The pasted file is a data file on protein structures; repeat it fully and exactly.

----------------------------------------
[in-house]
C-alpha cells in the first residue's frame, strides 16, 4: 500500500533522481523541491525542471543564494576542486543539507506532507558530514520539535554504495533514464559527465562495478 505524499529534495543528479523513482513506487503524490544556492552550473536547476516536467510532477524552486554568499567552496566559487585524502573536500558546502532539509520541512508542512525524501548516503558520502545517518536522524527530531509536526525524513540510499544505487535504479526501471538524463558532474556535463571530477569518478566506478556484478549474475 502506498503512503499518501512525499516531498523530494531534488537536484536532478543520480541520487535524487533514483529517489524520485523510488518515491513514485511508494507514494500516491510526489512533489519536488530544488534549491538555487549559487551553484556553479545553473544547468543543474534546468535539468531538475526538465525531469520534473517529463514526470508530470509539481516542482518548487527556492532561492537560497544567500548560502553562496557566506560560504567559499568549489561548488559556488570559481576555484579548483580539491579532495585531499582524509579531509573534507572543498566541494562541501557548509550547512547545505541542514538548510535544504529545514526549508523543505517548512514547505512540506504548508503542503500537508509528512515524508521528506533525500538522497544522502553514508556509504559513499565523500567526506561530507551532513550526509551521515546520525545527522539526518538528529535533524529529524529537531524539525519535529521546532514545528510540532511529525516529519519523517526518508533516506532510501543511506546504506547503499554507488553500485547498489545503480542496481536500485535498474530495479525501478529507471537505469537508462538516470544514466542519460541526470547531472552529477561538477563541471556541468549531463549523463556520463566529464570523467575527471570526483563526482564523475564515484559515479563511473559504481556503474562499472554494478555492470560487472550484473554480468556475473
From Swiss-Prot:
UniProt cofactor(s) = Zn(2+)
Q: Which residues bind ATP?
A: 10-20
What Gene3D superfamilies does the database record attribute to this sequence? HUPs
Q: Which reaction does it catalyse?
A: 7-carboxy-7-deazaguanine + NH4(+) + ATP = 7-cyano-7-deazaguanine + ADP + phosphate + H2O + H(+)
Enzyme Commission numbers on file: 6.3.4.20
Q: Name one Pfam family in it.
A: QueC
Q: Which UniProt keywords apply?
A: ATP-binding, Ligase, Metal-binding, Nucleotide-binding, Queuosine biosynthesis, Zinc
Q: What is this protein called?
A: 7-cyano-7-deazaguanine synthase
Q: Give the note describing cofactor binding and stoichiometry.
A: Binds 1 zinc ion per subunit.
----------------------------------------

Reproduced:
[in-house]
C-alpha cells in the first residue's frame, strides 16, 4: 500500500533522481523541491525542471543564494576542486543539507506532507558530514520539535554504495533514464559527465562495478 505524499529534495543528479523513482513506487503524490544556492552550473536547476516536467510532477524552486554568499567552496566559487585524502573536500558546502532539509520541512508542512525524501548516503558520502545517518536522524527530531509536526525524513540510499544505487535504479526501471538524463558532474556535463571530477569518478566506478556484478549474475 502506498503512503499518501512525499516531498523530494531534488537536484536532478543520480541520487535524487533514483529517489524520485523510488518515491513514485511508494507514494500516491510526489512533489519536488530544488534549491538555487549559487551553484556553479545553473544547468543543474534546468535539468531538475526538465525531469520534473517529463514526470508530470509539481516542482518548487527556492532561492537560497544567500548560502553562496557566506560560504567559499568549489561548488559556488570559481576555484579548483580539491579532495585531499582524509579531509573534507572543498566541494562541501557548509550547512547545505541542514538548510535544504529545514526549508523543505517548512514547505512540506504548508503542503500537508509528512515524508521528506533525500538522497544522502553514508556509504559513499565523500567526506561530507551532513550526509551521515546520525545527522539526518538528529535533524529529524529537531524539525519535529521546532514545528510540532511529525516529519519523517526518508533516506532510501543511506546504506547503499554507488553500485547498489545503480542496481536500485535498474530495479525501478529507471537505469537508462538516470544514466542519460541526470547531472552529477561538477563541471556541468549531463549523463556520463566529464570523467575527471570526483563526482564523475564515484559515479563511473559504481556503474562499472554494478555492470560487472550484473554480468556475473
From Swiss-Prot:
UniProt cofactor(s) = Zn(2+)
Q: Which residues bind ATP?
A: 10-20
What Gene3D superfamilies does the database record attribute to this sequence? HUPs
Q: Which reaction does it catalyse?
A: 7-carboxy-7-deazaguanine + NH4(+) + ATP = 7-cyano-7-deazaguanine + ADP + phosphate + H2O + H(+)
Enzyme Commission numbers on file: 6.3.4.20
Q: Name one Pfam family in it.
A: QueC
Q: Which UniProt keywords apply?
A: ATP-binding, Ligase, Metal-binding, Nucleotide-binding, Queuosine biosynthesis, Zinc
Q: What is this protein called?
A: 7-cyano-7-deazaguanine synthase
Q: Give the note describing cofactor binding and stoichiometry.
A: Binds 1 zinc ion per subunit.